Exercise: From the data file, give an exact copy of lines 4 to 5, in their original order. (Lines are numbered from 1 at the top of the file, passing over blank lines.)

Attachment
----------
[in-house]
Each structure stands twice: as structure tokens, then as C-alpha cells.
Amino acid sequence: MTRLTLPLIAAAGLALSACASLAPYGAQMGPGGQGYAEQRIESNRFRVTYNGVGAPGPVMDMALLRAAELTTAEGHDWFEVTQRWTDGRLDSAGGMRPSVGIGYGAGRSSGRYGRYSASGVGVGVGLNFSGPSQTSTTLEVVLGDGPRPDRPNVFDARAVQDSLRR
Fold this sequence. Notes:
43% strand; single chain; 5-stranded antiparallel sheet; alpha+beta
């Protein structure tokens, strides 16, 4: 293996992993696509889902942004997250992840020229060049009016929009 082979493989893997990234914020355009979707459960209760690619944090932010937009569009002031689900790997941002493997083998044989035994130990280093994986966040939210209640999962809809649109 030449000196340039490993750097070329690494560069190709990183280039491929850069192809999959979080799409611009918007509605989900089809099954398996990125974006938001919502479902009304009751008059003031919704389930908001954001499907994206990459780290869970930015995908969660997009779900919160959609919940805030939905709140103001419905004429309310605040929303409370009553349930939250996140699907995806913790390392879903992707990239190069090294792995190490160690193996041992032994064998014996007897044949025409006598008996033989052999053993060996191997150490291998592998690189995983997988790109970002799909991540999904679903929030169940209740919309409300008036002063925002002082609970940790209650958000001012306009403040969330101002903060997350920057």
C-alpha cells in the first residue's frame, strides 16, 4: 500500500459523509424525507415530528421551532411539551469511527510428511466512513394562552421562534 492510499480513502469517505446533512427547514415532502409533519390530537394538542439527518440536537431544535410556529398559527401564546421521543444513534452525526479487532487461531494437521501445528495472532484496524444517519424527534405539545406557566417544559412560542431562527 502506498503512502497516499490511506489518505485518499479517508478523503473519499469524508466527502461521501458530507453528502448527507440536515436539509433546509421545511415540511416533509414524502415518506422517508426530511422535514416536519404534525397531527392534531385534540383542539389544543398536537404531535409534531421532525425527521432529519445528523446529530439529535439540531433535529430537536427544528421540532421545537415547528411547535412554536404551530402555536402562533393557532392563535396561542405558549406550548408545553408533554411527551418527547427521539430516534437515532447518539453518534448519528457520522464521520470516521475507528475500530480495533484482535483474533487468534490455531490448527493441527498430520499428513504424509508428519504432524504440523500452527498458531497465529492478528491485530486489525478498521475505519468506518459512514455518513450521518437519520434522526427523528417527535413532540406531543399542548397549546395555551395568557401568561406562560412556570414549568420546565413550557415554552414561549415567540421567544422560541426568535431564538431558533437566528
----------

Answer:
Fold this sequence. Notes:
43% strand; single chain; 5-stranded antiparallel sheet; alpha+beta